William of Champlitte thus became master of the Peloponnese with the title prince of Achaea (1205–1209) under the suzerainty of the king of Thessalonica.[11][15] Geoffrey received Kalamata and Messenia as a fief from the new prince.[15] However, the Republic of Venice proceeded to make good her claims that the leaders of the Fourth Crusade had guaranteed it by the partition treaty of 1204 to the important way stations along the sea route to Constantinople.[16][17] Thus the Venetians armed a fleet which took Modon and Coron (Koroni) in 1206,[16][17] but William of Champlitte compensated Geoffrey by assigning Arcadia to him.[17]

His reign in Achaea

In 1208 William I of Achaea departed for France in order to claim an inheritance his brother had left to him.[5][18] William I appointed Geoffrey to administer the principality as bailiff until the prince’s nephew, Hugh should arrive.[17] However, both the first prince of Achaea and his nephew died very shortly.[19]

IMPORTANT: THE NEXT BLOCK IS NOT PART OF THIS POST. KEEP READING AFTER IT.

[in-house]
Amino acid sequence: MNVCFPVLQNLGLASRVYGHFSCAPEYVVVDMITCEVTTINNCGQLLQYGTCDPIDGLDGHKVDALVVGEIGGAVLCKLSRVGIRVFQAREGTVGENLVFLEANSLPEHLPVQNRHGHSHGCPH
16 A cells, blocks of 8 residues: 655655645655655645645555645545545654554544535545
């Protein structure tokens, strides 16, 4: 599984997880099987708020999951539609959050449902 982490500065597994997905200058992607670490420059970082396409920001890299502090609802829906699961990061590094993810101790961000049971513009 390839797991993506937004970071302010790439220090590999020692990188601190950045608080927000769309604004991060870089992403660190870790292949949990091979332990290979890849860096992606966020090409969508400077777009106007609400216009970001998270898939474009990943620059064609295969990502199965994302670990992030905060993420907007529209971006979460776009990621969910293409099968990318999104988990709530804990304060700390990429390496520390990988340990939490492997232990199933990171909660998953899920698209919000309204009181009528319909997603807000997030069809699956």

In May 1209, Geoffrey went to the parliament that the Latin Emperor Henry I (1206–1216) had convoked at Ravennika to assure the emperor of his loyalty.[5][20] The emperor confirmed Geoffrey as prince of Achaea and made him immediate imperial vassal.[5] Moreover, Henry I also appointed Geoffrey seneschal of the Latin Empire.[21]

The Chronicle of the Morea narrates that Geoffrey only became prince of Achaea some time later, because the late William I’s nephew, Robert had a year and a day to travel to the Peloponnese and claim his inheritance.[22] According to the story, all sorts of ruses were used to cause delays in Robert’s trip east, and when he finally arrived in the Peloponnese Geoffrey kept moving from place to place with the leading knights until the time had elapsed.[23] Geoffrey then held an assembly that declared that the heir had forfeited his rights and elected Geoffrey hereditary prince of Achaea.[23]